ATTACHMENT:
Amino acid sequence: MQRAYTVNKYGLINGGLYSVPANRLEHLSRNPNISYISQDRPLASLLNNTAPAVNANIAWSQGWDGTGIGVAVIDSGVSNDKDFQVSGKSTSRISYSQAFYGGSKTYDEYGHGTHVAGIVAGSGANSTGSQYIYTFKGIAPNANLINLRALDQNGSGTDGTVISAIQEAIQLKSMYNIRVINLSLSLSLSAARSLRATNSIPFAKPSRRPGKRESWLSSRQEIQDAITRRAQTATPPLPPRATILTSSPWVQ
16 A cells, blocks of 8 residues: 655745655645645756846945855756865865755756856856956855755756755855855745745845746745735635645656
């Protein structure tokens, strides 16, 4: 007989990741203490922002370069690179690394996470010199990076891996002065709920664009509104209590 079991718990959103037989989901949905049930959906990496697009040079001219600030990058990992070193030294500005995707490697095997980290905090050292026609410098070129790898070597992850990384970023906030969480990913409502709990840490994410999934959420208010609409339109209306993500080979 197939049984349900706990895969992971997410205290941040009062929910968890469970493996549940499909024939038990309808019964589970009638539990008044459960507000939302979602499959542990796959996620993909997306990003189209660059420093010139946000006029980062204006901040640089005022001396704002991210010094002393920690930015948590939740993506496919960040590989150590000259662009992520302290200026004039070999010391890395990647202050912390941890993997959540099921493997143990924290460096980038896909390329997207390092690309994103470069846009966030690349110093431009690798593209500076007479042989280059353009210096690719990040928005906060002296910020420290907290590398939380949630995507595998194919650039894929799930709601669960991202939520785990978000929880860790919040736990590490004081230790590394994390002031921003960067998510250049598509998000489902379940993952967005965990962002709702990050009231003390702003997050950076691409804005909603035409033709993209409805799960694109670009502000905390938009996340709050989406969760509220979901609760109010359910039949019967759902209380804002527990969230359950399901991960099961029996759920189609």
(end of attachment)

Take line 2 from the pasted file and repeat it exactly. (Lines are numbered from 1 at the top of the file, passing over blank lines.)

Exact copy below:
16 A cells, blocks of 8 residues: 655745655645645756846945855756865865755756856856956855755756755855855745745845746745735635645656